Wymes is demanding the DWSD halt the water shutoffs and compensate his business for the day of lost revenue. To raise awareness about the injustices of the water shutoffs, Wymes is teaming up with the Detroit Water Brigade to provide 50 free back-to-school haircuts to neighborhood kids. Those interested in donating to the effort can click here.
“It’s a human right for a person to have water,” Wymes told the Detroit Water Brigade. “People have to have water. If you don’t have water, you’re going to die.”
Flooding Renews Talks of Water System Privatization
The $3.2 billion in remaining water debt may be given to the banks by privatizing Detroit’s “blue infrastructure,” like the sewage, storm water, drainage and municipal water systems. As I reported previously for Occupy.com, United Water, a subsidiary of France-based Suez, is eying a buyout of Detroit’s water infrastructure. Were the deal approved, the city of Detroit would become a customer of United Water, which would pay the city $47 million a year for 40 years. But flooding in mid-August is now bringing the privatization talks back to the forefront.
On August 11 and 12, historic floods submerged major Detroit highways, destroyed homes, killed three people and almost completely shut down movement across the city. Retired workers from Detroit’s Wastewater Treatment Plant (WWTP) allege the flooding may have been contained were it not for the city’s mass layoffs of sewer maintenance workers.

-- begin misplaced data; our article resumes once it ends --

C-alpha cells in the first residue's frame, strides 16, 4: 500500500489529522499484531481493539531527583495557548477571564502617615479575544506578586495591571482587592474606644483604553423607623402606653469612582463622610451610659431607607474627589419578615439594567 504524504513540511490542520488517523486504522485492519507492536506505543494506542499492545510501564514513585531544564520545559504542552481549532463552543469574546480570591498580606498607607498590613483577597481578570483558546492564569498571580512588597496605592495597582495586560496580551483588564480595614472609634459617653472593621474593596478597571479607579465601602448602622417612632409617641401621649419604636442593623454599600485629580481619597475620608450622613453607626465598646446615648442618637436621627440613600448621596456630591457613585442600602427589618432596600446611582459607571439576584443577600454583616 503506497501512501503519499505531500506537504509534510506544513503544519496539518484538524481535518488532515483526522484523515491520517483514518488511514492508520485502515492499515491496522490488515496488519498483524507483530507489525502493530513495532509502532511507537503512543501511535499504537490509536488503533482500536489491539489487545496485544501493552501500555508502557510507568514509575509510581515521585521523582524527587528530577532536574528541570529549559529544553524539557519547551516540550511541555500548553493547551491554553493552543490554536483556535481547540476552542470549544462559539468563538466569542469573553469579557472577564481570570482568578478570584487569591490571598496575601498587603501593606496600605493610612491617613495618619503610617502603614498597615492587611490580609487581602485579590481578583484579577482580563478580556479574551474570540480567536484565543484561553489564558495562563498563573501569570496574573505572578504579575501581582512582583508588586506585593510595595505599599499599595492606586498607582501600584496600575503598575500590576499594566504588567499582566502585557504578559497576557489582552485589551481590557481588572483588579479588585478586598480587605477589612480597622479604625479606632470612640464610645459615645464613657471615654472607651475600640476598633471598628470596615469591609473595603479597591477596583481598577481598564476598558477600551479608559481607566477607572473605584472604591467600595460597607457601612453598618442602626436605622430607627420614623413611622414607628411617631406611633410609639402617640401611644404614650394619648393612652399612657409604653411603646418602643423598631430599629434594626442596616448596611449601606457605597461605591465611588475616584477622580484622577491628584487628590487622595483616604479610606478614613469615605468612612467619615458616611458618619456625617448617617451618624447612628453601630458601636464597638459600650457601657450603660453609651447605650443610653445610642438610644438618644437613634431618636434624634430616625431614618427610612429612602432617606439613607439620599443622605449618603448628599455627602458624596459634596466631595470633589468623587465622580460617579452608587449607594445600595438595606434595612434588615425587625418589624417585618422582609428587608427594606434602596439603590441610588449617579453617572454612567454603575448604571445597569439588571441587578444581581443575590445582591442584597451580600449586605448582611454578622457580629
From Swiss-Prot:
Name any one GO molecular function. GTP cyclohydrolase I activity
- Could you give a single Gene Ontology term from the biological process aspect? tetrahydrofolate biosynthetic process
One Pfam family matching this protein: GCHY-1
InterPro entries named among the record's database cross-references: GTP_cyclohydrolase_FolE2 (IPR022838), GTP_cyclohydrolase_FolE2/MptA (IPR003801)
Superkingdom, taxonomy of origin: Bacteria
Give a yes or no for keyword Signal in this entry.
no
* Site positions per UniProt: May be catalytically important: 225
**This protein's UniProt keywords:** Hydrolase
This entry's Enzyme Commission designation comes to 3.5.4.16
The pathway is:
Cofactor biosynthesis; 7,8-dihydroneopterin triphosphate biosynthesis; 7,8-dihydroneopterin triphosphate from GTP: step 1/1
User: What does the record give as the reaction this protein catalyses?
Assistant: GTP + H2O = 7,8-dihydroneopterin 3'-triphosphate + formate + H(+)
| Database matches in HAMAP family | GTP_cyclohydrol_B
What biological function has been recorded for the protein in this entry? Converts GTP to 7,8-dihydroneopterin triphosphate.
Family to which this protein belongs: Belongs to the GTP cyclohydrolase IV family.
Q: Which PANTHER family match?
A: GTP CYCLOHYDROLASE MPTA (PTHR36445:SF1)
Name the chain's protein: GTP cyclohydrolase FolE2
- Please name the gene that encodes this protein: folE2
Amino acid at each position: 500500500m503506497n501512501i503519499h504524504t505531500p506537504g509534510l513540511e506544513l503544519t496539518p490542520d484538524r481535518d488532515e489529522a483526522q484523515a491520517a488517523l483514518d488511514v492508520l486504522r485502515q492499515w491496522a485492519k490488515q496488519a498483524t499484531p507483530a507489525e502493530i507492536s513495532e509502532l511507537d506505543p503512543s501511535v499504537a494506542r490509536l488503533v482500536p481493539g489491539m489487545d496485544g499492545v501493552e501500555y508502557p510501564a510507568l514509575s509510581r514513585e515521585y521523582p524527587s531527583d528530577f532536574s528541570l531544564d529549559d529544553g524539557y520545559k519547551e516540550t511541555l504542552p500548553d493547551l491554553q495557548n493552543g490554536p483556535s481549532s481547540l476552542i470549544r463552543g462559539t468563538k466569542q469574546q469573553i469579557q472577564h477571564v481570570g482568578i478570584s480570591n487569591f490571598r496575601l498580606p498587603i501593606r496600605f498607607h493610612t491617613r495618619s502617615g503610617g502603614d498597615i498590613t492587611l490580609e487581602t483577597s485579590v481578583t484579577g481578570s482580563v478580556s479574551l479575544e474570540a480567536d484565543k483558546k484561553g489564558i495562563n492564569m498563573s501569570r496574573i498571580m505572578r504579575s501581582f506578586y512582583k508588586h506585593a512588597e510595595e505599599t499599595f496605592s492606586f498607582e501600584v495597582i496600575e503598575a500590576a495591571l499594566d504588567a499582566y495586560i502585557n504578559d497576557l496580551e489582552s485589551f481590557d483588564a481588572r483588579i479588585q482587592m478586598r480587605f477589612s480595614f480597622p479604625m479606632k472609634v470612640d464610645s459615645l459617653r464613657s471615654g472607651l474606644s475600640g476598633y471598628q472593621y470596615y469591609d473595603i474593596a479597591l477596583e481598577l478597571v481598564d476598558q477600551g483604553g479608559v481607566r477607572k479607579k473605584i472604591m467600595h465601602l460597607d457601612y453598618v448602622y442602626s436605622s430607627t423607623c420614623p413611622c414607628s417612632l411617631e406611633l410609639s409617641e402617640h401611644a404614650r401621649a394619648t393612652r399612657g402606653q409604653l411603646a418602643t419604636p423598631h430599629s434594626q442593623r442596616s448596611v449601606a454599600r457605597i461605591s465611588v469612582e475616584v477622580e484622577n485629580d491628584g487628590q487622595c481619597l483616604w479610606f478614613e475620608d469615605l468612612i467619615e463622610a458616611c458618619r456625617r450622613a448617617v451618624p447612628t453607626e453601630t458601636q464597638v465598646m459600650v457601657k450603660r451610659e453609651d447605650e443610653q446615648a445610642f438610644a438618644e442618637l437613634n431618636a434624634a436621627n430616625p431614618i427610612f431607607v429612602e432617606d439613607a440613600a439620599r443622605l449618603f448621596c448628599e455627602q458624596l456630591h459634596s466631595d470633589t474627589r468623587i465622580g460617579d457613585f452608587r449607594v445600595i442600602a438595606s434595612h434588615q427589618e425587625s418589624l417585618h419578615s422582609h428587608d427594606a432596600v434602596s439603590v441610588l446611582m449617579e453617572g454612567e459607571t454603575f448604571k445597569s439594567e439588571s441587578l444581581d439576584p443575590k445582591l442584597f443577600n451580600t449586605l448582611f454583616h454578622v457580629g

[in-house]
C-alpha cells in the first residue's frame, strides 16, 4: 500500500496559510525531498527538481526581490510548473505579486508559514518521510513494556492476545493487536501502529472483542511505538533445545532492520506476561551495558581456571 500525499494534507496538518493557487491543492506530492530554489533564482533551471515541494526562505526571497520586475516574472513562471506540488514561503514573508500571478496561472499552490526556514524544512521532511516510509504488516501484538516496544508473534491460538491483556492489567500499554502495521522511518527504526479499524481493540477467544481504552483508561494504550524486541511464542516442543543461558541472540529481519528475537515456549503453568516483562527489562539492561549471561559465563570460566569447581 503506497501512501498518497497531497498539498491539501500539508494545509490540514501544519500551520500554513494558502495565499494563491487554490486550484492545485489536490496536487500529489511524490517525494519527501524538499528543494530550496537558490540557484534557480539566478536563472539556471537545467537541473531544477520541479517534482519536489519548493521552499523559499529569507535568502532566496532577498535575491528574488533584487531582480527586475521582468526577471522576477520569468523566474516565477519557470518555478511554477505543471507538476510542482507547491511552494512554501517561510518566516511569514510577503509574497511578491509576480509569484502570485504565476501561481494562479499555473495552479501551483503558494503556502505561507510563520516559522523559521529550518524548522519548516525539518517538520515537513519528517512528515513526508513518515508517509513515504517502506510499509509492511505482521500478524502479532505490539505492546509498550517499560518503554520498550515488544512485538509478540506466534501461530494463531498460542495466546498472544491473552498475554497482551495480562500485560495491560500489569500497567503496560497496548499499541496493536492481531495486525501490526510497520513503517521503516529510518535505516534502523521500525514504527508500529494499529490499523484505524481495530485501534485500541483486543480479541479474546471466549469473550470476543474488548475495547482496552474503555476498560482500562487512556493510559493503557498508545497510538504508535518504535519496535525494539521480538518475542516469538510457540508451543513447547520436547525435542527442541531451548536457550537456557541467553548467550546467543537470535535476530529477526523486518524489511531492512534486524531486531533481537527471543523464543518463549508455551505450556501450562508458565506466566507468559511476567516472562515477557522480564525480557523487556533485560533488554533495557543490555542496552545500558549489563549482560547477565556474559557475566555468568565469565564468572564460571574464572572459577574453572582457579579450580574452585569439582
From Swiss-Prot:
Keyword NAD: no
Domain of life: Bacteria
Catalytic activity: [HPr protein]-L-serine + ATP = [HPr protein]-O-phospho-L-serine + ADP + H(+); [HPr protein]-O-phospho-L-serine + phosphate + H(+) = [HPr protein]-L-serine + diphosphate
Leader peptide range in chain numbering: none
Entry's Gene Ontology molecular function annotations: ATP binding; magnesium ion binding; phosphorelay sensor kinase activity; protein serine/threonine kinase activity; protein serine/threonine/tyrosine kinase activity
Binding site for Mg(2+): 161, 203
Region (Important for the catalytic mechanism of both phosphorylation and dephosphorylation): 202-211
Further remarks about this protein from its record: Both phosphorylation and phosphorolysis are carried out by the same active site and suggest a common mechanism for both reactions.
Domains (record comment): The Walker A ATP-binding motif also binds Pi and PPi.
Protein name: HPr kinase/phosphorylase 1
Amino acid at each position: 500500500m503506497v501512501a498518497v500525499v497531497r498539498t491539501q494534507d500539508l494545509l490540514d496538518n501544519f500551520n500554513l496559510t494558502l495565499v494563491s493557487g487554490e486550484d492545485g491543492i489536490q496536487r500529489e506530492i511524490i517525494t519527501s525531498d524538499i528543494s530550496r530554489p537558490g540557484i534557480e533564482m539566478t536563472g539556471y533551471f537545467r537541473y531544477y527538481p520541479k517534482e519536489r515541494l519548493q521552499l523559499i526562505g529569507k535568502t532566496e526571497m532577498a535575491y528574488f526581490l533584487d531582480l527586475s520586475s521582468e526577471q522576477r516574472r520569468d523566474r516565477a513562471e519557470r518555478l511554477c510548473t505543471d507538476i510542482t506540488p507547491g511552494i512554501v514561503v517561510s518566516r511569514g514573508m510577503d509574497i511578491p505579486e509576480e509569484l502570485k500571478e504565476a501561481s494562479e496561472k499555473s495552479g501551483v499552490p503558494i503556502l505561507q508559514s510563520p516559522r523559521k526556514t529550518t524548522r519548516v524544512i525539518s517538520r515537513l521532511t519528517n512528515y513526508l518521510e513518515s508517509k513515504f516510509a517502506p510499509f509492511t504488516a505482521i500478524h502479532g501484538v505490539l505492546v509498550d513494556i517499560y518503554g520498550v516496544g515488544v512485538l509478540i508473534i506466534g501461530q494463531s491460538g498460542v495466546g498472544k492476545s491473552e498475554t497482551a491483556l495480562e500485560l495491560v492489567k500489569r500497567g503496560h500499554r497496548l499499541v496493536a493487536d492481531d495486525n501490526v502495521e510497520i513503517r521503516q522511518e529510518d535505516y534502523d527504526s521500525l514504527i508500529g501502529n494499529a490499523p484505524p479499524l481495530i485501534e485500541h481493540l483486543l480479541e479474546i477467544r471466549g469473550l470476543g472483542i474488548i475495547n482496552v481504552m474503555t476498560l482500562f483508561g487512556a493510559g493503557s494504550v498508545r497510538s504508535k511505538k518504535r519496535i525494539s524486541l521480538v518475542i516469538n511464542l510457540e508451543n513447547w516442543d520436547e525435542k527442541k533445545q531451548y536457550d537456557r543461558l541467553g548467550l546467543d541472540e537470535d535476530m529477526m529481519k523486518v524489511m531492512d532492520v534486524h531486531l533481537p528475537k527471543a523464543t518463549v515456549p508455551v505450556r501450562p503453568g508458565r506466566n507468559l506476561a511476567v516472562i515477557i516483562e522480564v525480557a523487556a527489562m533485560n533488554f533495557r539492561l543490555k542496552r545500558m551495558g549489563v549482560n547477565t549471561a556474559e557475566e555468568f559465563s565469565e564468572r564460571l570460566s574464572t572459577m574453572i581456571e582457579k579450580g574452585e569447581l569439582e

“Monies that should have been allocated to improvements in our infrastructure and helped employ people went to the banks in illegal deals instead,” retired WWTP shift supervisor Bill Davis told Voice of Detroit.
“That $5 billion going to the banks under the bankruptcy plan should instead be going to the people, to rebuild our system.”
The Failures of Privatization
Privatizing ownership of public infrastructure that residents depend upon has already proven to be a reckless policy. In 1979, billionaire Manuel “Matty” Moroun bought the Ambassador Bridge for $30 million from a New York-based financier, making it the only privately-owned international border crossing in the United States. The bridge, built in 1929, was never meant to take on 21st-century freight loads, and more than $120 billion in goods are trucked between the borders each year.
Moroun, who is in his eighties, has spent over $1 million fighting the governments of both Michigan and Ontario in court, attempting to stop the construction of a new jointly-financed, publicly-owned bridge. The Detroit River International Crossing (DRIC) would be a six-lane bridge that costs $4 billion to build over a five-year period. The U.S. State Department approved the new bridge in the spring of 2013, and Canada has even offered to pay up to $550 million of the U.S.’s share of construction costs, to be recouped with tolls.